I Can Do It Myself
“I don’t need your help!” Those were the words that I heard in a visit to a nursing care center recently. An elderly gentlemen was being coaxed to get into a wheel chair after venturing further than he was supposed to go (evidently). The staff was working persistently to get him “corralled” and back to his room. He could walk at a slow pace and found freedom to be exciting. However, his health was not what it needed to be for him to be mobile and meandering through the halls. Despite the staff’s best attempts at working for his good, he was adamant that he did not need any help. What he meant was, “I don’t want to do what you want me to do so leave me alone”.
The zeal to be independent is not a bad thing. When used in the pursuit of dreams and accomplishments, it is a factor that separates those with intense drive from those with a casual interest. Independence manifests a determination and continual drive to do what is in the mind of the zealot. That quality has been one of the great building blocks of this nation.
Independence, however, can be so entrenched in one’s psyche that there is no room for any others to assist, give counsel, or to enhance a person’s vision. None of us has complete understanding of what is needed for success. Even the finest of entrepreneurs benefits from the study of what others have done previously. They are also willing to pay bright minds to explore additional realms of possibility.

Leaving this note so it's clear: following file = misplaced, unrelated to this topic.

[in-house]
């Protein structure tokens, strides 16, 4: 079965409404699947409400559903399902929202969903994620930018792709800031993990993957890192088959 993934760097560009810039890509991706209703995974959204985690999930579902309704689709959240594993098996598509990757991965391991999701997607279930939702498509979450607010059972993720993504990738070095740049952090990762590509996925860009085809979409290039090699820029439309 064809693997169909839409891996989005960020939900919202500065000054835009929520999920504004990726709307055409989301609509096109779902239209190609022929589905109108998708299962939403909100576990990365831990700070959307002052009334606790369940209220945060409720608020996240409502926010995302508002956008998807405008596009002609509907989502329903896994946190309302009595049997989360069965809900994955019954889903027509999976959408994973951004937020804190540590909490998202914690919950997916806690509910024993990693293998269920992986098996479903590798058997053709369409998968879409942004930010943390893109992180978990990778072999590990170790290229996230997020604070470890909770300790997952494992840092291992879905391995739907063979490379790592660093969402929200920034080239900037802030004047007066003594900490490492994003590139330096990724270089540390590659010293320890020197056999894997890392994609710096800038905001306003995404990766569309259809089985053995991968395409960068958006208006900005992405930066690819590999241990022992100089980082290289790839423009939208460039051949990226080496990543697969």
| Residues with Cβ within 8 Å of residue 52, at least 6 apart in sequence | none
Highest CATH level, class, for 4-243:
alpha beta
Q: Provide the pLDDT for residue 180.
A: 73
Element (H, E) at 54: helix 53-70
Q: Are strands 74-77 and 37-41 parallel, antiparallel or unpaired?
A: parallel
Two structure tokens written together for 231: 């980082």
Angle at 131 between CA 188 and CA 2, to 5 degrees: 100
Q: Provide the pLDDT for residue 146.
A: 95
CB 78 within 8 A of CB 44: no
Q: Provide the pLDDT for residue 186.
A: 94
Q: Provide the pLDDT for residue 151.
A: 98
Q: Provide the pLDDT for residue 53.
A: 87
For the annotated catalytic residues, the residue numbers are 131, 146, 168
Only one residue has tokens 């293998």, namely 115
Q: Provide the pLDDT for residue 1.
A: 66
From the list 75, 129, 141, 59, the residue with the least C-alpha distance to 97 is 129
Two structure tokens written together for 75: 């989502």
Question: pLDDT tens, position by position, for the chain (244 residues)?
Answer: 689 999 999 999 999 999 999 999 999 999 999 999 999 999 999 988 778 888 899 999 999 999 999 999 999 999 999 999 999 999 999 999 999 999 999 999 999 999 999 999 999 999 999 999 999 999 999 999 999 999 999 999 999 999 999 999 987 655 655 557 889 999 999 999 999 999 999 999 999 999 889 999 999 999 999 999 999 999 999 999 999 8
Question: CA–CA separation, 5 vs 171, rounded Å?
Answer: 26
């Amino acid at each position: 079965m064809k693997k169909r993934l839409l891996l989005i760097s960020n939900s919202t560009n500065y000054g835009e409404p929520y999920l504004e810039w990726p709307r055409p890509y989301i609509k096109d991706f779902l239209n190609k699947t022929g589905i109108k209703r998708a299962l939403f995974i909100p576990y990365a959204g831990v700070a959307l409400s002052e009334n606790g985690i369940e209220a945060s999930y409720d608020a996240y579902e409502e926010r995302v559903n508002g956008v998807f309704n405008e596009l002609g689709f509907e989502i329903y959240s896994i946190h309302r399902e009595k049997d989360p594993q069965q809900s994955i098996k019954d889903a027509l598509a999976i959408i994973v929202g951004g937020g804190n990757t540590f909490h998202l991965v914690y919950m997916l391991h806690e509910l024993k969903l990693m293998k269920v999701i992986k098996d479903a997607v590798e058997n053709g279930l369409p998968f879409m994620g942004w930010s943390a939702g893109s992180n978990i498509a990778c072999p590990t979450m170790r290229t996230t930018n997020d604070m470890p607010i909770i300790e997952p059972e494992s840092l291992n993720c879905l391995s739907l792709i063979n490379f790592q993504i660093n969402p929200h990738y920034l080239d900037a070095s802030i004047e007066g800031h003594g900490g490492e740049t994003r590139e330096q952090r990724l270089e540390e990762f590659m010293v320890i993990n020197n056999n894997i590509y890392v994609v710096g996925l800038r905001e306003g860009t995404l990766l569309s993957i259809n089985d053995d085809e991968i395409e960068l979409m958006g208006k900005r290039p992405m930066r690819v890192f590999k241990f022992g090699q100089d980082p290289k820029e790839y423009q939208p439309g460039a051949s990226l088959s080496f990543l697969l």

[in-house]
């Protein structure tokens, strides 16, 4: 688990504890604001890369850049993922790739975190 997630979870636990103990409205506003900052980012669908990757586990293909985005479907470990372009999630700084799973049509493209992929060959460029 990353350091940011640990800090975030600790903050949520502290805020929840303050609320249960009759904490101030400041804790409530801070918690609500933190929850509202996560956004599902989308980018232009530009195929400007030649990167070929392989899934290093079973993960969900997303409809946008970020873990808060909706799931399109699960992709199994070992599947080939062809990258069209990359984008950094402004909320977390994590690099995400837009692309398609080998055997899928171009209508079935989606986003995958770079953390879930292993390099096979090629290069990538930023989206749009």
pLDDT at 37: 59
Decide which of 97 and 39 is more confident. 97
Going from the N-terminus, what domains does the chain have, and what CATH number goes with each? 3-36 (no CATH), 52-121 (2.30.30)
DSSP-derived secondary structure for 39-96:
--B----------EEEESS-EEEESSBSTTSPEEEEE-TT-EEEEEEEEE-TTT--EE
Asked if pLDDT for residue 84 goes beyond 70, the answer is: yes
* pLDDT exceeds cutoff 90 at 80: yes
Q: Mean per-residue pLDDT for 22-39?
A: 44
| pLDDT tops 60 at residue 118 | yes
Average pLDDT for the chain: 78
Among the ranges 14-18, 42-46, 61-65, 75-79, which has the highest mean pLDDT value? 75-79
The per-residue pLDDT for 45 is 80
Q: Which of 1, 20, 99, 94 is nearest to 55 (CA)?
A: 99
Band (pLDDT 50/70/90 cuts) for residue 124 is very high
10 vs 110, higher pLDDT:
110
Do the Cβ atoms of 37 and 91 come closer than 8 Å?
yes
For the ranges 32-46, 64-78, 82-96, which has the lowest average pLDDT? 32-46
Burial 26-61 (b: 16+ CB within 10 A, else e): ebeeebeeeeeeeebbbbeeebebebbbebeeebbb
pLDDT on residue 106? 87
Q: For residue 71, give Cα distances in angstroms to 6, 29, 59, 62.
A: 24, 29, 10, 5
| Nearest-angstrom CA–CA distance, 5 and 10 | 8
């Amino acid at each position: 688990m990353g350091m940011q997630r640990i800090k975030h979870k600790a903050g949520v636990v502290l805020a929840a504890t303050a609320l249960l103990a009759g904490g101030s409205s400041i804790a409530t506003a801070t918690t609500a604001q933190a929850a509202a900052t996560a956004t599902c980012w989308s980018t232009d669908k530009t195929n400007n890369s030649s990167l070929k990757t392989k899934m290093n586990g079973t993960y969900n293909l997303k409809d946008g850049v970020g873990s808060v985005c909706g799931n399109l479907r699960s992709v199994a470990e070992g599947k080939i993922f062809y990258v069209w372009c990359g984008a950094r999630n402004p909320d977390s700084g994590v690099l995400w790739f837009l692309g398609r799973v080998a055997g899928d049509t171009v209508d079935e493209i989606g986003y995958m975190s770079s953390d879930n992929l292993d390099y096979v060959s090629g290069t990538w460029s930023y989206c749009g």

When total independence is foolish is when a person(s) are in great danger but refuse to yield their stubborn will to get the help that is urgently needed for them and for those around them.
On August 30, 2005 Coast Guard Lieutenant Iain McConnell was ordered to fly his H46 helicopter to New Orleans and to keep that machine flying around the clock for what would turn out to be a heroic rescue effort. None of his crew were prepared for what they were about to see. They were ahead of every news crew in the nation. The entire city of New Orleans was under water. On their first three missions that day they saved 89 people, three dogs and two cats.
On the fourth mission, despite twelve different flights to New Orleans, he and his crew were able to save no one. None! They all refused to board the helicopter. Instead they told the Coast Guard to bring them food and water. Yet they were warned that this extremely dangerous. The waters were not going to go away soon. Sadly, many of those people perished because of their refusal to be rescued. (copied).
Jesus came to verify that “there is a way that seems right to a man but the ways thereof are death.” (Prov.14:12). And, He came to rescue the perishing by declaring, “All that come unto me, I will in no wise cast out!” (John 6:37). Don’t sit in solitude in your storms! Help is here! This is no time to demand your “independence” from God. “Trust in the LORD with all your heart. Lean not to your own understanding. In all your ways (“dilemmas, doubts, and detours”) acknowledge Him, and He will direct your paths”! (Proverbs 3:5-6).